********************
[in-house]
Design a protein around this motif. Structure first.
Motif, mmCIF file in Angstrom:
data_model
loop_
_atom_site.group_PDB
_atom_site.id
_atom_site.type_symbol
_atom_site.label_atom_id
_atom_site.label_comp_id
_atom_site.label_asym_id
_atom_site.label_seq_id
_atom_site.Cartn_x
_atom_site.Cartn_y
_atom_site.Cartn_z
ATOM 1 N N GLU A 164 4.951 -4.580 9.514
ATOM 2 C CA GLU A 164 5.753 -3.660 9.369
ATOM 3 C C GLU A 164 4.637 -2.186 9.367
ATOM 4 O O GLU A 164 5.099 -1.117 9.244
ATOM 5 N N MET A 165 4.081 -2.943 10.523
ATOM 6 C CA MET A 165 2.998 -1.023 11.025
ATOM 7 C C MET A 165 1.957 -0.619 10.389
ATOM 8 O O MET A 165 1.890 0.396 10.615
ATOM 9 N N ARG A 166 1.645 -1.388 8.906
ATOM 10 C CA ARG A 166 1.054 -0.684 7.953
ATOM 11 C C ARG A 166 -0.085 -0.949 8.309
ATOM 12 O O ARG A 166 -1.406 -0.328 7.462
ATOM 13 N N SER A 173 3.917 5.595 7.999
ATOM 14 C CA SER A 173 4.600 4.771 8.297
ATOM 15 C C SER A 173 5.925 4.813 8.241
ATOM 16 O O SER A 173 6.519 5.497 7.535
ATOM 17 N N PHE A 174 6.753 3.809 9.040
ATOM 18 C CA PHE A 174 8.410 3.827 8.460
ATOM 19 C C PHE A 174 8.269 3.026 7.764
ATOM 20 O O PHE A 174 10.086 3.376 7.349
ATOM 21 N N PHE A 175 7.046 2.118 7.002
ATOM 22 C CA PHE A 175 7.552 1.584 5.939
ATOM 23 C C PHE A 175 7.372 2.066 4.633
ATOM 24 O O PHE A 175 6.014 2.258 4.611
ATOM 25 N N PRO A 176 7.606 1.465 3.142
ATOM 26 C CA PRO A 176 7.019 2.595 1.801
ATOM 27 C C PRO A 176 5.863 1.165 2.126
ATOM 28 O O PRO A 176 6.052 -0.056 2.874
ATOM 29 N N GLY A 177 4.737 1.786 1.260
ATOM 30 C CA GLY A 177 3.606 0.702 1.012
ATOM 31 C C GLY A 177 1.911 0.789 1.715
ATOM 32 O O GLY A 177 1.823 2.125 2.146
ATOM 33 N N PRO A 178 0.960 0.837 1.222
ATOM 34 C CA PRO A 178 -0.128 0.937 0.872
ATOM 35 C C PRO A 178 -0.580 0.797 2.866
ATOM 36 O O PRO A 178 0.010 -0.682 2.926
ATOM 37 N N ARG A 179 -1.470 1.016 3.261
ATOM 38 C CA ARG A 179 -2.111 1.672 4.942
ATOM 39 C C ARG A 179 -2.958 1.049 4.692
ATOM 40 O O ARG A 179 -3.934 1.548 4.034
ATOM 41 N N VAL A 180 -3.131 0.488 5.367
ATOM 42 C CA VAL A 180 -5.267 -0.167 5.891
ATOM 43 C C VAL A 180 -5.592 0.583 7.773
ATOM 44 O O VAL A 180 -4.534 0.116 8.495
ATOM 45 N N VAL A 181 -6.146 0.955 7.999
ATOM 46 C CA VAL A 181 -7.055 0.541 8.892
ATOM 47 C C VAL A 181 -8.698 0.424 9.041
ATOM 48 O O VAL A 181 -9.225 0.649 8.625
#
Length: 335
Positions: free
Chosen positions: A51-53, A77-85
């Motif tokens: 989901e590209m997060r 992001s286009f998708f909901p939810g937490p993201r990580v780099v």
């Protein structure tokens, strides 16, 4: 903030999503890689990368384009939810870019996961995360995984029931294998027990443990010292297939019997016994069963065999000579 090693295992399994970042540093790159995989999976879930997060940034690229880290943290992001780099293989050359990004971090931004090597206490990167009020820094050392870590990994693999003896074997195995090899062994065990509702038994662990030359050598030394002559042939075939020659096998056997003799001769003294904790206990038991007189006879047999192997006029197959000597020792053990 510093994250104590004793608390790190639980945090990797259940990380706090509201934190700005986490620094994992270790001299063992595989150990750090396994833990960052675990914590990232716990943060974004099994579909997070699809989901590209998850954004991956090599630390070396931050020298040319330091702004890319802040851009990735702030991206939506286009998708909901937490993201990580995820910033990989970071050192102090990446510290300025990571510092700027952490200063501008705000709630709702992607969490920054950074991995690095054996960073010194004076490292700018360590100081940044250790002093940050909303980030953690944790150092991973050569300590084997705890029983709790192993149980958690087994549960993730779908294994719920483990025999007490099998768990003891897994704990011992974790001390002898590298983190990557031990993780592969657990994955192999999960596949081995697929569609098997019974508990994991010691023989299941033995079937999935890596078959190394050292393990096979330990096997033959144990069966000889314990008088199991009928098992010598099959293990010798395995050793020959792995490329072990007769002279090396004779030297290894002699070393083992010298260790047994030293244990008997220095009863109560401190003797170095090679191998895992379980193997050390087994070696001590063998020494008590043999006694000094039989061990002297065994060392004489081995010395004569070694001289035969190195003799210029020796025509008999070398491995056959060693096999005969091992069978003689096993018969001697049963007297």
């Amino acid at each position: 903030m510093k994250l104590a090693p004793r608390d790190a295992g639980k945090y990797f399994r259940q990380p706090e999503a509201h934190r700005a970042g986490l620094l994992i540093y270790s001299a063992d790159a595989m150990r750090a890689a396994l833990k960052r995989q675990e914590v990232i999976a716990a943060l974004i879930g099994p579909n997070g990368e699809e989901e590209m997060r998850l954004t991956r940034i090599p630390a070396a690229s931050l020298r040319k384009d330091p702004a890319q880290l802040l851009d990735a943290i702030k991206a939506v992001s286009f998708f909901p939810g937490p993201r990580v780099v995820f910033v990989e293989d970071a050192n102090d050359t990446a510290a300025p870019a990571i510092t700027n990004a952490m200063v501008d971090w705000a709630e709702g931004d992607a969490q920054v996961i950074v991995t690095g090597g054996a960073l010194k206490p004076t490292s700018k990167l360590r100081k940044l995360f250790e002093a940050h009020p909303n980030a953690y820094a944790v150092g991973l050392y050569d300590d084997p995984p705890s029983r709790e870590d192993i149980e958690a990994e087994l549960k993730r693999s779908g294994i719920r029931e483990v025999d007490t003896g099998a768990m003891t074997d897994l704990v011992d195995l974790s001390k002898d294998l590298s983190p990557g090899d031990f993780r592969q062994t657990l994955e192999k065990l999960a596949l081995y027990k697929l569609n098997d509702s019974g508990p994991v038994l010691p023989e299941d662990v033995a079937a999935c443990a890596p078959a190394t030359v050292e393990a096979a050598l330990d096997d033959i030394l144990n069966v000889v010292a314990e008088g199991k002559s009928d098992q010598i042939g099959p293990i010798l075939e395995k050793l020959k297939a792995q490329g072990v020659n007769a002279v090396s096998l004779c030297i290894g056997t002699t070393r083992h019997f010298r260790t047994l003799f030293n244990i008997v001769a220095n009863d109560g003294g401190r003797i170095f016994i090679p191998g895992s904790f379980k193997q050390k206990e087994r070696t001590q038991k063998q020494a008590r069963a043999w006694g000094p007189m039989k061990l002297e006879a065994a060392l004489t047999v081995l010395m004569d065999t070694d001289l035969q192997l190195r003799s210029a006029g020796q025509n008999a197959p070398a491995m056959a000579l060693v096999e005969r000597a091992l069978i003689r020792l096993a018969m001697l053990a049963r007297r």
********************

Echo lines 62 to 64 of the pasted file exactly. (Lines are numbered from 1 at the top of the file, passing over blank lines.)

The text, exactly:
ATOM 47 C C VAL A 181 -8.698 0.424 9.041
ATOM 48 O O VAL A 181 -9.225 0.649 8.625
#